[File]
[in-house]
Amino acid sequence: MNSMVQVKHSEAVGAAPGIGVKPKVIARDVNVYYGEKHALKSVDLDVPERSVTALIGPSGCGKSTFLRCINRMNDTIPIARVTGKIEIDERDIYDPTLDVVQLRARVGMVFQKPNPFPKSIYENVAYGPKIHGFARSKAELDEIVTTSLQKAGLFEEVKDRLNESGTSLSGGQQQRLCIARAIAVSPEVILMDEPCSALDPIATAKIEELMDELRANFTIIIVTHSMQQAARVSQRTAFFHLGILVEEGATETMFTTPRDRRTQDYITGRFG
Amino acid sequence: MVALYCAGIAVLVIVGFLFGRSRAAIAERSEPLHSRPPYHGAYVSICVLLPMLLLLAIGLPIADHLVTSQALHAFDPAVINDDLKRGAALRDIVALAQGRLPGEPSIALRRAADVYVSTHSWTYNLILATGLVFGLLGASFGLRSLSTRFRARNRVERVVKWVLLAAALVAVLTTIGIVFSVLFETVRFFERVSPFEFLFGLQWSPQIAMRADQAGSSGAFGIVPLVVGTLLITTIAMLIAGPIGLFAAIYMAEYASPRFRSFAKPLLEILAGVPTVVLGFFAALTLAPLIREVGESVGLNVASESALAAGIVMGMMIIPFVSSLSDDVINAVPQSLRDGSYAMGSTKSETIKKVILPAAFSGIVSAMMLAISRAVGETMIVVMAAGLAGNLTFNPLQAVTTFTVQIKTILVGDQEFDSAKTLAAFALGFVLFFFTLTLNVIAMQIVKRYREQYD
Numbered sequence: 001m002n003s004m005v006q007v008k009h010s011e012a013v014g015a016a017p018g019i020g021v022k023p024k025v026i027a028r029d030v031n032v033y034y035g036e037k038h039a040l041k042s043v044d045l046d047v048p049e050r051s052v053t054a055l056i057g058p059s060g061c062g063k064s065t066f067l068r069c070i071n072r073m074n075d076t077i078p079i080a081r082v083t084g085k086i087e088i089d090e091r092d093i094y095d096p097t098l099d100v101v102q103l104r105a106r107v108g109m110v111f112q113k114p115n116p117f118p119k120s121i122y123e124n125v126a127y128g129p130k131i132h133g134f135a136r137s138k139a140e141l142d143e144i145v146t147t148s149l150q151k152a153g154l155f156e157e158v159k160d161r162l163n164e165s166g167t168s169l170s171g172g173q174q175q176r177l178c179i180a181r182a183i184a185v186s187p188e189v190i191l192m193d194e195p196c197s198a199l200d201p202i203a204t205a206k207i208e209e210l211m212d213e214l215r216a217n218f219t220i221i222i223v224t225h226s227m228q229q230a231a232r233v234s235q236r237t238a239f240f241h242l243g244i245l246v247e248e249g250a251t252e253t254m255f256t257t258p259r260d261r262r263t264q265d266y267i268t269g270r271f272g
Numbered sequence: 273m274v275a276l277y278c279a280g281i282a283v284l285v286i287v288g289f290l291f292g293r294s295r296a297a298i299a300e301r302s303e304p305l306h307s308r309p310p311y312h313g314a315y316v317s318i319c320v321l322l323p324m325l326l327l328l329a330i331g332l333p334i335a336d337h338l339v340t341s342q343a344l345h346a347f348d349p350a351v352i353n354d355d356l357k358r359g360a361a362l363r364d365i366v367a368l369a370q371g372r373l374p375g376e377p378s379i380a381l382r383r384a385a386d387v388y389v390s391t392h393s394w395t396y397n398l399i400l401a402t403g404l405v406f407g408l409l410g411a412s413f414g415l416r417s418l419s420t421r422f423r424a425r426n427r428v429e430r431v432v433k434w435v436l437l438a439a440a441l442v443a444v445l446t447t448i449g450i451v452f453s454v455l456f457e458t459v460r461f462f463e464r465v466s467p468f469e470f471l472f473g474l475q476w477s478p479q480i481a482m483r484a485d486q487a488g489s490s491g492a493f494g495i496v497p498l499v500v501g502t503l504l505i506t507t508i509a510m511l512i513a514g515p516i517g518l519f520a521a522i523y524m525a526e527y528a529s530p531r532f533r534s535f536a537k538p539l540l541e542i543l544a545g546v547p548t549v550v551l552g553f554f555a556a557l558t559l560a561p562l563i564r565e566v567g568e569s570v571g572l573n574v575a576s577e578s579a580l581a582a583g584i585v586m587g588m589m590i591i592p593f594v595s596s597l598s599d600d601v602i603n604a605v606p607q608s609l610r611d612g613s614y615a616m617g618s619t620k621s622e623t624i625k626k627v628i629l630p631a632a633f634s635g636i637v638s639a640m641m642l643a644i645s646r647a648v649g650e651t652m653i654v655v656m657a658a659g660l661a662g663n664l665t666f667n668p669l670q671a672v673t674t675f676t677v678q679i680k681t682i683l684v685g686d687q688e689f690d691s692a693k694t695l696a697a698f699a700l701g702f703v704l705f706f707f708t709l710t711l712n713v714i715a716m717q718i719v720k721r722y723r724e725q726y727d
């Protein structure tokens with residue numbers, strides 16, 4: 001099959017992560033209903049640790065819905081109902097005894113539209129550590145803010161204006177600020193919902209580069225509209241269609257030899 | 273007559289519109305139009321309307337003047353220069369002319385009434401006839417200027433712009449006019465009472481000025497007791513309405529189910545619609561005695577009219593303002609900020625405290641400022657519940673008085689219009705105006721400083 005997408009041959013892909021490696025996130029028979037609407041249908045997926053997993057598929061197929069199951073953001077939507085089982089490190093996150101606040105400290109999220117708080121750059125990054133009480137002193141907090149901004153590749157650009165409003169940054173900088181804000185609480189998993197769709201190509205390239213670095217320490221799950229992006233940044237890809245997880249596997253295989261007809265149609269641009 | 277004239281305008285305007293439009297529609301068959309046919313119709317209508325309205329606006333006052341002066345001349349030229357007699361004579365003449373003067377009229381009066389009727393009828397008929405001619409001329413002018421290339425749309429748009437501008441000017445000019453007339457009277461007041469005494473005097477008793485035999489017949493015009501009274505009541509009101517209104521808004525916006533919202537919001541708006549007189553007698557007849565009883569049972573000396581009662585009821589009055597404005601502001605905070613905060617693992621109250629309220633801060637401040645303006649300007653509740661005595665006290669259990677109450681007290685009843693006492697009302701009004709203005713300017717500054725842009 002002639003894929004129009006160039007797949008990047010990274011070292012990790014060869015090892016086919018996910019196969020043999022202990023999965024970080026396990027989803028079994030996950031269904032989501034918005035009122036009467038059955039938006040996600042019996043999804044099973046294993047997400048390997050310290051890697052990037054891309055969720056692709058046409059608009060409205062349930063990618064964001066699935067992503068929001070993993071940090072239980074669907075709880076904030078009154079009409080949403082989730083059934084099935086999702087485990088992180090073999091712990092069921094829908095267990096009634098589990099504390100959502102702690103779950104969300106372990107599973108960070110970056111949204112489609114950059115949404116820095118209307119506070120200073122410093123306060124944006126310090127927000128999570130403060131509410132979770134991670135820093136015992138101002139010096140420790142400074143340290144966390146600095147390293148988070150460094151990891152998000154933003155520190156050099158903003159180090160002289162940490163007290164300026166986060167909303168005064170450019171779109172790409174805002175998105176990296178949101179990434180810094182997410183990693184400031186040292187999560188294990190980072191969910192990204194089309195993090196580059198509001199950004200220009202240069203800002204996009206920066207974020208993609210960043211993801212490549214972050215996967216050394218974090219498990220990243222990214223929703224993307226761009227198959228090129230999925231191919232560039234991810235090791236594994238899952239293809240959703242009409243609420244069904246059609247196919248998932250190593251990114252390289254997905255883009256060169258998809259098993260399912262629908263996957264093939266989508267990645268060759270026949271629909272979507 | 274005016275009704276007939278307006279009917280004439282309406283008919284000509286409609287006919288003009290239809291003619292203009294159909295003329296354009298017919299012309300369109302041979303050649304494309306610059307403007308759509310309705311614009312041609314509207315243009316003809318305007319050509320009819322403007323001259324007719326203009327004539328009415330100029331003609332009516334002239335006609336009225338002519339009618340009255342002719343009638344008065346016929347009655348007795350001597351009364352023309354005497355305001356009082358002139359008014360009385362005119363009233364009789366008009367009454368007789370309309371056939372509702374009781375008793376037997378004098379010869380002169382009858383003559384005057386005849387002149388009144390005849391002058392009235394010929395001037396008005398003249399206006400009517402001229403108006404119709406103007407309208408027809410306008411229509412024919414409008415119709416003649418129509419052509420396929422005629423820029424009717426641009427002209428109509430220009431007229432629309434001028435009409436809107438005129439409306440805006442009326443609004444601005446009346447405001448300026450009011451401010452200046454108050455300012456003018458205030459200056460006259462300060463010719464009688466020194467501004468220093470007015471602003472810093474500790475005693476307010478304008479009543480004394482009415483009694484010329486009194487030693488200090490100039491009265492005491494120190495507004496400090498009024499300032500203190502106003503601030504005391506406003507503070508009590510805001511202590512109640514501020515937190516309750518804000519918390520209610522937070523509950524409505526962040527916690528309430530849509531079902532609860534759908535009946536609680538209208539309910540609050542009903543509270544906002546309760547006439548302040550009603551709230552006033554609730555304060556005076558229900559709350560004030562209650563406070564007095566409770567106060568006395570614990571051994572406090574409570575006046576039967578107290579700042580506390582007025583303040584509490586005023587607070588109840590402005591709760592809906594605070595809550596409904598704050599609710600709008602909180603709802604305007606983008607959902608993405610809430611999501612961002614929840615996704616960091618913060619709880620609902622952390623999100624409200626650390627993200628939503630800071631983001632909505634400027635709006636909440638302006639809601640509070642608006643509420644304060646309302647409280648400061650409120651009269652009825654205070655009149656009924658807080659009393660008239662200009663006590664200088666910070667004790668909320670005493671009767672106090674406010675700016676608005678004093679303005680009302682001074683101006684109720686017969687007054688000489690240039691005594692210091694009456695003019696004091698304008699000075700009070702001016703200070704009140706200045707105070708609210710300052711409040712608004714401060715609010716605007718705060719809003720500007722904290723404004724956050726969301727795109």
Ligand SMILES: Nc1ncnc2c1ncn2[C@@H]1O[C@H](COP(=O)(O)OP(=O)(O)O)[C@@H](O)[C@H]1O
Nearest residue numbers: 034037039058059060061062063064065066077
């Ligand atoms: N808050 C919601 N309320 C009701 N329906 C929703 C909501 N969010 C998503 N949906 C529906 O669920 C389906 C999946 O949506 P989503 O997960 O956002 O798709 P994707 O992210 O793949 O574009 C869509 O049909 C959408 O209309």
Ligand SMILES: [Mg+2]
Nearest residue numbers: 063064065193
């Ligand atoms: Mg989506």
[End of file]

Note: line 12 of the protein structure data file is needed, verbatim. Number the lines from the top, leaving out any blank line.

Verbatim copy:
């Ligand atoms: Mg989506």